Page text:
So, given the security concerns, next on the list for companies hoping to survive has to be alternative means of getting their product to market. Some companies have done this already. Seplat, for example, built a separate pipeline to the Warri refinery, from where it has oil pumped to barges and shipped it out to ocean liners. And while that has not offset all Seplat’s output, the company is faring better than those locked in by the Forcados shut-in.

Seven Energy, another indigenous company scrambling to renegotiate terms with creditors, is on the verge of completing a gas pipeline from Oron to Creek Town, which Fitch ratings points to as one of the few positives in a challenging situation. Nonetheless, the ratings agency downgraded Seven’s credit rating from B- to CC in early September.


So is there anything that the government could or should do about the headwinds in the oil industry? There are naturally those pining for a bailout of struggling indigenous producers. They might look to the moral hazard – the fact that one bailout could contribute to bad behaviour, since companies might expect the government to save them from their mistakes – created by the ‘bad bank’ after the 2009 financial crash. Then, the government transferred the losses of big borrowers to the Asset Management Company of Nigeria, and many of them carried on as usual.

Some analysts suggest the government would do better to help producers with alternative export infrastructure or to fix the shortage of dollars that plagues the industry. Ecobank’s Oni cites a client who supplies gas to a major power company, which lacks dollars to settle its bill. This may not be ideal “but they are accepting in naira now, just for the revenue”.

A year of hard ball over the currency appears to be at an end, with President Muhammadu Buhari finally agreeing to a devaluation of the naira in June, with the currency slumping 40% against the dollar in the following two months. But the foreign currency supply has still not recovered.


Political accommodation in the Niger Delta should be next for the government’s to-do list. And rather than a programme of paying militants off – seen under the previous administration and continued under the current one – perhaps a serious infrastructure outlay and job creation plan could entice young men who would otherwise be in the creeks bunkering oil illegally or joining one of the many militant groups.

And finally, sorting out the legislative framework around the oil and gas industry would help bring much-needed capital back into the country.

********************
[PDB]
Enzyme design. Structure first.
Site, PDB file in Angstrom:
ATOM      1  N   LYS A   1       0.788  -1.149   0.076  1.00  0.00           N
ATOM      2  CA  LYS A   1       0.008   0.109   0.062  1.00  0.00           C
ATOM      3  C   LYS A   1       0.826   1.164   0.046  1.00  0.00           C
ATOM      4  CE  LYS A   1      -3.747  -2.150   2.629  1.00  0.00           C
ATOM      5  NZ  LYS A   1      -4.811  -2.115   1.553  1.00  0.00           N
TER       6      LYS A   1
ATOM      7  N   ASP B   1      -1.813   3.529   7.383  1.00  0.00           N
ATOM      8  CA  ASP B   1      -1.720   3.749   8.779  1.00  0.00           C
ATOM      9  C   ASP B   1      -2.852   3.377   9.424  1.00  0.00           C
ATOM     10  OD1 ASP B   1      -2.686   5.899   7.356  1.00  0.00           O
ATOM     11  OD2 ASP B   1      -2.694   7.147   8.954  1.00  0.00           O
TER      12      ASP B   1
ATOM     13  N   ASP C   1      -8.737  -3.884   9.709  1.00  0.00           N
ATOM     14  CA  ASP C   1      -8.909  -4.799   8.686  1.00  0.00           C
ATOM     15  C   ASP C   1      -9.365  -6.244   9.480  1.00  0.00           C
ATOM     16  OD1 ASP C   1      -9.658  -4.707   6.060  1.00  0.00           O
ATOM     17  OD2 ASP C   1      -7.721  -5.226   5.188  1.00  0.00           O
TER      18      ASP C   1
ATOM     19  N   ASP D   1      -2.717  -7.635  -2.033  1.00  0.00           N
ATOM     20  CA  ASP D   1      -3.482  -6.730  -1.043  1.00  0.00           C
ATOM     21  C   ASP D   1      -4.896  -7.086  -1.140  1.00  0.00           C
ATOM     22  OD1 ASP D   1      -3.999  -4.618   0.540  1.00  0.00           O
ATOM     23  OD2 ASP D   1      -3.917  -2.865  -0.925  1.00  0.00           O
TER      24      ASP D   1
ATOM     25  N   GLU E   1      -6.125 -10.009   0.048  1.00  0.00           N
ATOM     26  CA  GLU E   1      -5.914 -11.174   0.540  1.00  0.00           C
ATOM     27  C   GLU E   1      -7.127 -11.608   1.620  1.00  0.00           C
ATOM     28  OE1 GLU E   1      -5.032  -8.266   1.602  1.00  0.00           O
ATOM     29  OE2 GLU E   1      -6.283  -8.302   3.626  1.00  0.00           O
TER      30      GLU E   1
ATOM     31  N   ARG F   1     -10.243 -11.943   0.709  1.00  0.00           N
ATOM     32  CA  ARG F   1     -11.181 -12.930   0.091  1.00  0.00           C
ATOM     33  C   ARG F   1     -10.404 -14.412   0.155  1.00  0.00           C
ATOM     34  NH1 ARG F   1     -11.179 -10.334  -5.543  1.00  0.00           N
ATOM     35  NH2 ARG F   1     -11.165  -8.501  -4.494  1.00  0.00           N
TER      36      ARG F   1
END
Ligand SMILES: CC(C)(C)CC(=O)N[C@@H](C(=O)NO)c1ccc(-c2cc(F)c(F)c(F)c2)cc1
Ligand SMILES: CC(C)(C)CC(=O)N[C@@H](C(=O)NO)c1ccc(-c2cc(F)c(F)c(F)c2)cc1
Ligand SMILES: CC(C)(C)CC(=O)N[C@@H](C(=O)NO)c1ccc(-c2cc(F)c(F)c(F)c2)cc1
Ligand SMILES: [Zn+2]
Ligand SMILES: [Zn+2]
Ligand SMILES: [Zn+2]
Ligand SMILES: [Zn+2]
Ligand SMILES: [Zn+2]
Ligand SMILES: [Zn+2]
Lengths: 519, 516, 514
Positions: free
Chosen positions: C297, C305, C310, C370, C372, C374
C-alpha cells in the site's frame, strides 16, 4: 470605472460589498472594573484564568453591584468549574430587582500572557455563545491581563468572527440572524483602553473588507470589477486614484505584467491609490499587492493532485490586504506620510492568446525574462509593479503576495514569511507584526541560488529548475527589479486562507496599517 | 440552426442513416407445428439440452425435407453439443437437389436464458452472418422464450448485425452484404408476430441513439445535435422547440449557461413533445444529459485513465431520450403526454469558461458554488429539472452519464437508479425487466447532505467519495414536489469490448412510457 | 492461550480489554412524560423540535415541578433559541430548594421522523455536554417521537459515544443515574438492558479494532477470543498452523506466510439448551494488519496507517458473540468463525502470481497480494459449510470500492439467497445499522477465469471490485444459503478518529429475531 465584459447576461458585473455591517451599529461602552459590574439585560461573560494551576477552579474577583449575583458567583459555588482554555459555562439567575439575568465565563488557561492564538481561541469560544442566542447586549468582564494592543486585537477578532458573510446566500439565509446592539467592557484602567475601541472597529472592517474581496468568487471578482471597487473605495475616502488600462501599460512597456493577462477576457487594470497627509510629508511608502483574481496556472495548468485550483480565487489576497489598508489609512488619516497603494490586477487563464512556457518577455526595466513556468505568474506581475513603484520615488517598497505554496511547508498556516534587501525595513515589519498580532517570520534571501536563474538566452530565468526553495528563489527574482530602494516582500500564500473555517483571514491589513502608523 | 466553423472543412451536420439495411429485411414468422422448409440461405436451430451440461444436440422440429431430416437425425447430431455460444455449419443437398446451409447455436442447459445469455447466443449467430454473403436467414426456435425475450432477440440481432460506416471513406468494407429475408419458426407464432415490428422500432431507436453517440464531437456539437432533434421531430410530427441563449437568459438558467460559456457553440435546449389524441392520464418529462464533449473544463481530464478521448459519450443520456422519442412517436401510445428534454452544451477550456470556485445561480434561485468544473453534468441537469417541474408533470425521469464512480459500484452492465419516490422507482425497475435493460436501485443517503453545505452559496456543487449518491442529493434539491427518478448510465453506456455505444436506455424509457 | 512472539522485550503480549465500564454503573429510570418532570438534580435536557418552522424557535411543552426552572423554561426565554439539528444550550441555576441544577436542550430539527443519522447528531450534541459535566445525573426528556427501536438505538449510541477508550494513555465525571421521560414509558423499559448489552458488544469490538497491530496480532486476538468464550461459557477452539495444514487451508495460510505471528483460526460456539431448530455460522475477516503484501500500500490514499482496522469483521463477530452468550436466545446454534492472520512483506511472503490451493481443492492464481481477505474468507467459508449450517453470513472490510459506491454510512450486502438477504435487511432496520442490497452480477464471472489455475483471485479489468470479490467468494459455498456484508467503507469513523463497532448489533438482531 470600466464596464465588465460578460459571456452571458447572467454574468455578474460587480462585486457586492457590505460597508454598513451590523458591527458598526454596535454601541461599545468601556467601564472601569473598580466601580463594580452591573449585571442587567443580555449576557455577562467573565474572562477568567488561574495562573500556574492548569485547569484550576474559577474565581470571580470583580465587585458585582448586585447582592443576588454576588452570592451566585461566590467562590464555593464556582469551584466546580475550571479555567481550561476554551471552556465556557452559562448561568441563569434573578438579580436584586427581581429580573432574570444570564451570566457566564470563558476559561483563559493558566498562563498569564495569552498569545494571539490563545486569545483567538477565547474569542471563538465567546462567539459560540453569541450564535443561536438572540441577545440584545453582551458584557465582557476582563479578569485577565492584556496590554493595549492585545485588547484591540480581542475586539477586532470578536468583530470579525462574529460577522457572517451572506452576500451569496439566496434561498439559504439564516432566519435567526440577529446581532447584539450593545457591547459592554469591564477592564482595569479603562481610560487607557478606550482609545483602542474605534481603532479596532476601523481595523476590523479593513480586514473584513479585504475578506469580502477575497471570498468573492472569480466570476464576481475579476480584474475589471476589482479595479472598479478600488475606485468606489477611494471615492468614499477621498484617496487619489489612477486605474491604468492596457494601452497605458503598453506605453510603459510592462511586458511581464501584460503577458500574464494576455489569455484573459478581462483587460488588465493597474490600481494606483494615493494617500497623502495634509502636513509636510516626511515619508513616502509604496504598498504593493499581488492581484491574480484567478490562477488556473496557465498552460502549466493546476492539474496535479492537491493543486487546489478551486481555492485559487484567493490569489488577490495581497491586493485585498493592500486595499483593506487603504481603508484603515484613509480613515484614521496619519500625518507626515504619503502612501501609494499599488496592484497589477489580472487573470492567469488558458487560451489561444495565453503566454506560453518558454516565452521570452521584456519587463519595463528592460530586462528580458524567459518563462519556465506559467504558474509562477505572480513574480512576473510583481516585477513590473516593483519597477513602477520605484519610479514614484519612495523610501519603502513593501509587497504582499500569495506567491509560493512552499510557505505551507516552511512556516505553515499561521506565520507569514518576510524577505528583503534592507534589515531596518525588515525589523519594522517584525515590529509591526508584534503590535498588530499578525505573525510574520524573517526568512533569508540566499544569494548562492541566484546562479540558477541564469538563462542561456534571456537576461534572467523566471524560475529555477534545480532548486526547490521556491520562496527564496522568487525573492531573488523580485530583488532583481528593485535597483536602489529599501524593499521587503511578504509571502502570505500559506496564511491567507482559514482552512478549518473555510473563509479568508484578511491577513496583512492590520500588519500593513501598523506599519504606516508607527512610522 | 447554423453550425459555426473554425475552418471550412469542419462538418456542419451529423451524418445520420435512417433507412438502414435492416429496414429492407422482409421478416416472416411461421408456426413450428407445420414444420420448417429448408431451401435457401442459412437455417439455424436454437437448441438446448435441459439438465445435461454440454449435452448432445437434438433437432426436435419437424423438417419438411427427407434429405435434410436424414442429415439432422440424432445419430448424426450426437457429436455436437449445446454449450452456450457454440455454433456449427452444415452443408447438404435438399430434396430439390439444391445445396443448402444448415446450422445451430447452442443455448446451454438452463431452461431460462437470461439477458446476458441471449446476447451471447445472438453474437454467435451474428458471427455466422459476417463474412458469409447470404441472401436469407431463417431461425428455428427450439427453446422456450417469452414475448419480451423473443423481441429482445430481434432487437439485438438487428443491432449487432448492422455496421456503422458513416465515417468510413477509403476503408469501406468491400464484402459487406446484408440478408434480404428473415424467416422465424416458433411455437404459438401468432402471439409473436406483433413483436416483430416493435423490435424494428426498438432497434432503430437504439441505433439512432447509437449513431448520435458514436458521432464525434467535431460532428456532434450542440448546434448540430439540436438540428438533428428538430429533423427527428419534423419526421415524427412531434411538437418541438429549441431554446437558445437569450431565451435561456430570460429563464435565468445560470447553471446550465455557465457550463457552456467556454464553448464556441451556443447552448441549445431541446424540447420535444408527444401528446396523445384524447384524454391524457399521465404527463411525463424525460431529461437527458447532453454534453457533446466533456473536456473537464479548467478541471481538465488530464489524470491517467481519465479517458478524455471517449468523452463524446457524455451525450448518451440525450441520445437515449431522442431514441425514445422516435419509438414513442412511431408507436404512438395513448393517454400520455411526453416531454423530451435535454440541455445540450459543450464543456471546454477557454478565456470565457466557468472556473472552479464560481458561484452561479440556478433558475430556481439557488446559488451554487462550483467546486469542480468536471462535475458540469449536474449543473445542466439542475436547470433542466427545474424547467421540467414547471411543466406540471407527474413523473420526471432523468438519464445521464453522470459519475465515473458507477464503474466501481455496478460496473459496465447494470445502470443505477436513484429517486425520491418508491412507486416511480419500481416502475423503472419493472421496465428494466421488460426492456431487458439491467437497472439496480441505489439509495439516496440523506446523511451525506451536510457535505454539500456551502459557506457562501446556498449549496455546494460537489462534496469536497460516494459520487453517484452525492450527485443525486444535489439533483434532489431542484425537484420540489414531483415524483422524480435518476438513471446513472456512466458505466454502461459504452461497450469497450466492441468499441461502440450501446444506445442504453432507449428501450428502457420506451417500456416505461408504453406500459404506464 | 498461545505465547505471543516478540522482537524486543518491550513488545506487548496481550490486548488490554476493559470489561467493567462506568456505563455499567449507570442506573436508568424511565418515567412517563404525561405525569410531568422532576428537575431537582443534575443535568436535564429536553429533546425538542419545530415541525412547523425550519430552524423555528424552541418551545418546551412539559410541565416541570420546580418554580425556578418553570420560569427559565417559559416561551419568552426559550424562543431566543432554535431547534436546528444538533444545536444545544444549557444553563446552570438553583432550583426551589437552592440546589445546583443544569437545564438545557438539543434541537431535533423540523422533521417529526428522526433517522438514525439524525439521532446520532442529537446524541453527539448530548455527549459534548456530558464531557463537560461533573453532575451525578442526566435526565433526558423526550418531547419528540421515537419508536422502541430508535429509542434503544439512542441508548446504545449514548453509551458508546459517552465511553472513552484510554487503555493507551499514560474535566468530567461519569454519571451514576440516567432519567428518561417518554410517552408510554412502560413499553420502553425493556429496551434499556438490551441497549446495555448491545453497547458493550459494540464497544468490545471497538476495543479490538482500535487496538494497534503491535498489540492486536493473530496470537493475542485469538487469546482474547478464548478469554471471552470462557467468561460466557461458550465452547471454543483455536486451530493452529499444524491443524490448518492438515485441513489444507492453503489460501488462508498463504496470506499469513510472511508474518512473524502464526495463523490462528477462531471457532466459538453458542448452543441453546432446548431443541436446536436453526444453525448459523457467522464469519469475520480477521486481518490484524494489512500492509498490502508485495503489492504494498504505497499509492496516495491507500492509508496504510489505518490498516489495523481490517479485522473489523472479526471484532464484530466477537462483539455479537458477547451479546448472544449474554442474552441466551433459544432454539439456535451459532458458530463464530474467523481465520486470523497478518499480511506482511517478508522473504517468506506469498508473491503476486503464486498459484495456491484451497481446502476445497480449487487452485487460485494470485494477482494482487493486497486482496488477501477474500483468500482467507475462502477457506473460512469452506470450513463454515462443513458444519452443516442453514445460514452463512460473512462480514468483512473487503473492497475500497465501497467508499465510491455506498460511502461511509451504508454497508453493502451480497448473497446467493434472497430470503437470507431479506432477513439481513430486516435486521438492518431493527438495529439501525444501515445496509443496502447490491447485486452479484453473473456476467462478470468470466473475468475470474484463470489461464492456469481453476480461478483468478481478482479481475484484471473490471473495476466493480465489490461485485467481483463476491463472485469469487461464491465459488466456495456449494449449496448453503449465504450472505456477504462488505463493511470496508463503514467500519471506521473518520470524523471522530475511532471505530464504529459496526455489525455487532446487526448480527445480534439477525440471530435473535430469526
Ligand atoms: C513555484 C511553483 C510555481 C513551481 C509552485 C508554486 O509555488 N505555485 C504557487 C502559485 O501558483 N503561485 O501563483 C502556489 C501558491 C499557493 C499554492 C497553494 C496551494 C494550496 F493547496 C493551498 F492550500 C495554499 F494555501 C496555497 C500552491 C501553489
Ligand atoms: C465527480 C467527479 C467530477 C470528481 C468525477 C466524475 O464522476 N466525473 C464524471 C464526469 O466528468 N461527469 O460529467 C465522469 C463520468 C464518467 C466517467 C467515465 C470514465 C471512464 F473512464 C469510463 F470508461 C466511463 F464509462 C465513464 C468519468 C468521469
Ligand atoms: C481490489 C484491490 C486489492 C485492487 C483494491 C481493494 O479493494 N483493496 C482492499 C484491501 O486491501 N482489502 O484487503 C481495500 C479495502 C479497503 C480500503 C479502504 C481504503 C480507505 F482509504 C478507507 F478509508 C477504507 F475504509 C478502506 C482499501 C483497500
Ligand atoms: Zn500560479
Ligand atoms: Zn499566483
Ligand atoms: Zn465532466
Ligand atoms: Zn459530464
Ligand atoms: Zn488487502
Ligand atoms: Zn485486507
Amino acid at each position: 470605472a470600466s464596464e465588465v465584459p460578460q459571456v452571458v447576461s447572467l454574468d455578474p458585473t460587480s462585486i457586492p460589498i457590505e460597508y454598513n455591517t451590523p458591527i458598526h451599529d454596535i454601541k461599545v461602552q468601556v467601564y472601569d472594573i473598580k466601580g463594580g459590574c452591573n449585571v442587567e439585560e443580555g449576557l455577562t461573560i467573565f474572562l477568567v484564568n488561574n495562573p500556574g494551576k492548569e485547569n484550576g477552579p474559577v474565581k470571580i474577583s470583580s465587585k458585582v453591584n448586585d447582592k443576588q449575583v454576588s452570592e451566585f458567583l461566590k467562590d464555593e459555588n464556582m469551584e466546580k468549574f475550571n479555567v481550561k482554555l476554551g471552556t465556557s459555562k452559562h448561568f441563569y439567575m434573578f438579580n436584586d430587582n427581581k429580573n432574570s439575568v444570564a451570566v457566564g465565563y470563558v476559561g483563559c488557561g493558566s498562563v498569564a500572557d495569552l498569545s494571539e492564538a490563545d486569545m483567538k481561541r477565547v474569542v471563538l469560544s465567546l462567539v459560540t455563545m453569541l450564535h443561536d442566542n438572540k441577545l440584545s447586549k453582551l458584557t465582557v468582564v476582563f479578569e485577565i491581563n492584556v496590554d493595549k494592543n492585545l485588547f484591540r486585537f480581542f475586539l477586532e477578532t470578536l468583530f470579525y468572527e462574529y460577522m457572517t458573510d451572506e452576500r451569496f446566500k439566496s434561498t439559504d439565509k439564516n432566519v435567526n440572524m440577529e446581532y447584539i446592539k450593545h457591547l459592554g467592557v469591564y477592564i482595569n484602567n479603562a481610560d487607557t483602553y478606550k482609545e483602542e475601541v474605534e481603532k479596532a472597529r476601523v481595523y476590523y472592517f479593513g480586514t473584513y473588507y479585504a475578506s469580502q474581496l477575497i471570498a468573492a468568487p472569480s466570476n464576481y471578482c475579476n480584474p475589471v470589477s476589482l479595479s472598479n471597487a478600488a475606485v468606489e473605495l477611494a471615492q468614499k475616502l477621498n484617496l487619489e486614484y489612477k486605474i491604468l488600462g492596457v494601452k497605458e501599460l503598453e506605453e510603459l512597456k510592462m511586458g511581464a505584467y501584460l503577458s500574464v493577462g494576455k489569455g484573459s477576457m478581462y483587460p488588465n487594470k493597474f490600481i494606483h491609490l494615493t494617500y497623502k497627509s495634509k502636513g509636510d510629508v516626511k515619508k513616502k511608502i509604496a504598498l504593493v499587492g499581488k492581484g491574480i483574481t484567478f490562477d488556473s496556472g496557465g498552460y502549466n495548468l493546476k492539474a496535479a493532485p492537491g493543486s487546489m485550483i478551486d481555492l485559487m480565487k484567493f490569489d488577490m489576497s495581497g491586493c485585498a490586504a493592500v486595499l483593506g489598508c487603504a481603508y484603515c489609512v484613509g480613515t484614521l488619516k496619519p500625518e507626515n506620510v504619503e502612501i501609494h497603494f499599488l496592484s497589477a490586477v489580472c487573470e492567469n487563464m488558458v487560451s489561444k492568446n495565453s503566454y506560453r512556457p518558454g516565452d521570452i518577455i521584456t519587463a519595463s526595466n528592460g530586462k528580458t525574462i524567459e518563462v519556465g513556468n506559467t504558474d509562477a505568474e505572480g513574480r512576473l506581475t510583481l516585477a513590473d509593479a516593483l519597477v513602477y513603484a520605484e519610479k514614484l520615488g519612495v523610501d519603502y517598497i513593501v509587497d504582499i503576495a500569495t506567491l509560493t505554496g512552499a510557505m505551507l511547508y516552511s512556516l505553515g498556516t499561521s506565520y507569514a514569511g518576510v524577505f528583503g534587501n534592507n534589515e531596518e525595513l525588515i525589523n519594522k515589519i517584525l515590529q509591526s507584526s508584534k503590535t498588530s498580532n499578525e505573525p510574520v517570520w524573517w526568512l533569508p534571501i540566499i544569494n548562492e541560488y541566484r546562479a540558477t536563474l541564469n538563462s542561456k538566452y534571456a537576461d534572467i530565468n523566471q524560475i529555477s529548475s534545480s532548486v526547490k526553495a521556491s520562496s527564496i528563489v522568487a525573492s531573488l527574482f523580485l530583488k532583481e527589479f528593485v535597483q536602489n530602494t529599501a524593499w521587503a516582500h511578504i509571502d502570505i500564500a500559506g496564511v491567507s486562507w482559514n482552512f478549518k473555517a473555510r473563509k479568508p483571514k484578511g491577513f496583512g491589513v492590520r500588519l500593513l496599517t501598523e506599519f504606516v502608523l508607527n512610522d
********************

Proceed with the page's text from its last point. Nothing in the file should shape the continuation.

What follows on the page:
Investment has been hamstrung since former President Umaru Musa Yar’Adua said the Nigerian National Petroleum Corporation was unfit for purpose back in 2008, says Goldman: “We still don’t really know when or what form this reform is going to take. As a result, it’s been very difficult to attract new investments into Nigeria because you can’t say what long-term contractual basis you will have to operate in, what the fiscal terms are going to be, everything that real banks need to know.”

Currently, the Petroleum Industry Bill is back with the Senate. While the bill is about industry regulation, PDP senators from the Niger Delta want to insert provisions about payments to communities in oil-producing areas.

But one oil executive, who requests anonymity, says that this is a moment where Nigerians should be looking at opportunity rather than just survival.


Currently assembling a team to invest in the Nigerian energy sector, he points to countries like Russia, which has managed to survive low oil prices much better than anticipated because its cost base is in roubles rather than in dollars. And despite much fanfare about local content, the amount of oil services provided in Nigeria in naira is still very low.

Not only that, but the era of high oil prices made people ignore unnecessary gold-plating on contracts and not care so much about the actual cost of the services they were buying. “Service provision is a massive opportunity in Nigeria today. Given the market price and actual costs, it is a licence to print money,” the executive argues.

He points, for example, to transport costs from a pipeline into an export terminal of $11 a barrel in Nigeria, when the actual costs are under $2 a barrel. Likewise, he sees standardisation of parts as another huge opportunity. “We have 6,000 different bolts, where really we only need one. We need to do what Ford did to the automobile.” A new chance for the development of a lean, Nigerian service industry awaits in the era of cheap oil.